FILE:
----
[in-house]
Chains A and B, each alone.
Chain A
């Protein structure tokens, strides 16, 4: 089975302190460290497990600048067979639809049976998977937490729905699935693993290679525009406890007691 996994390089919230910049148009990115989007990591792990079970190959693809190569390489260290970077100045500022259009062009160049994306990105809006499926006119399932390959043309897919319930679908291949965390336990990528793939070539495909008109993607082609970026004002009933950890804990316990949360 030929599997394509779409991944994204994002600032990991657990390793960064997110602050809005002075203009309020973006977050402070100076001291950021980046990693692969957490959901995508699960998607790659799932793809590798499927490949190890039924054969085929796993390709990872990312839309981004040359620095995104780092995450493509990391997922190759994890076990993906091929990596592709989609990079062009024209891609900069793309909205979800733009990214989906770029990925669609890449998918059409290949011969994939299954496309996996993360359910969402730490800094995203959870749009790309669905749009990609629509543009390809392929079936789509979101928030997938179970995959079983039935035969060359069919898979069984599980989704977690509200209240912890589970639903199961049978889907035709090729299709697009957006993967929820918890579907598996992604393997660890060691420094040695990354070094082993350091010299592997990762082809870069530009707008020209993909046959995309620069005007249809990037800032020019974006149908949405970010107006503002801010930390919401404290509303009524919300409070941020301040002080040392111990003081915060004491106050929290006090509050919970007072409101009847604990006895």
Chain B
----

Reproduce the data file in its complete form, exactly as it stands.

[in-house]
Chains A and B, each alone.
Chain A
């Protein structure tokens, strides 16, 4: 089975302190460290497990600048067979639809049976998977937490729905699935693993290679525009406890007691 996994390089919230910049148009990115989007990591792990079970190959693809190569390489260290970077100045500022259009062009160049994306990105809006499926006119399932390959043309897919319930679908291949965390336990990528793939070539495909008109993607082609970026004002009933950890804990316990949360 030929599997394509779409991944994204994002600032990991657990390793960064997110602050809005002075203009309020973006977050402070100076001291950021980046990693692969957490959901995508699960998607790659799932793809590798499927490949190890039924054969085929796993390709990872990312839309981004040359620095995104780092995450493509990391997922190759994890076990993906091929990596592709989609990079062009024209891609900069793309909205979800733009990214989906770029990925669609890449998918059409290949011969994939299954496309996996993360359910969402730490800094995203959870749009790309669905749009990609629509543009390809392929079936789509979101928030997938179970995959079983039935035969060359069919898979069984599980989704977690509200209240912890589970639903199961049978889907035709090729299709697009957006993967929820918890579907598996992604393997660890060691420094040695990354070094082993350091010299592997990762082809870069530009707008020209993909046959995309620069005007249809990037800032020019974006149908949405970010107006503002801010930390919401404290509303009524919300409070941020301040002080040392111990003081915060004491106050929290006090509050919970007072409101009847604990006895």
Chain B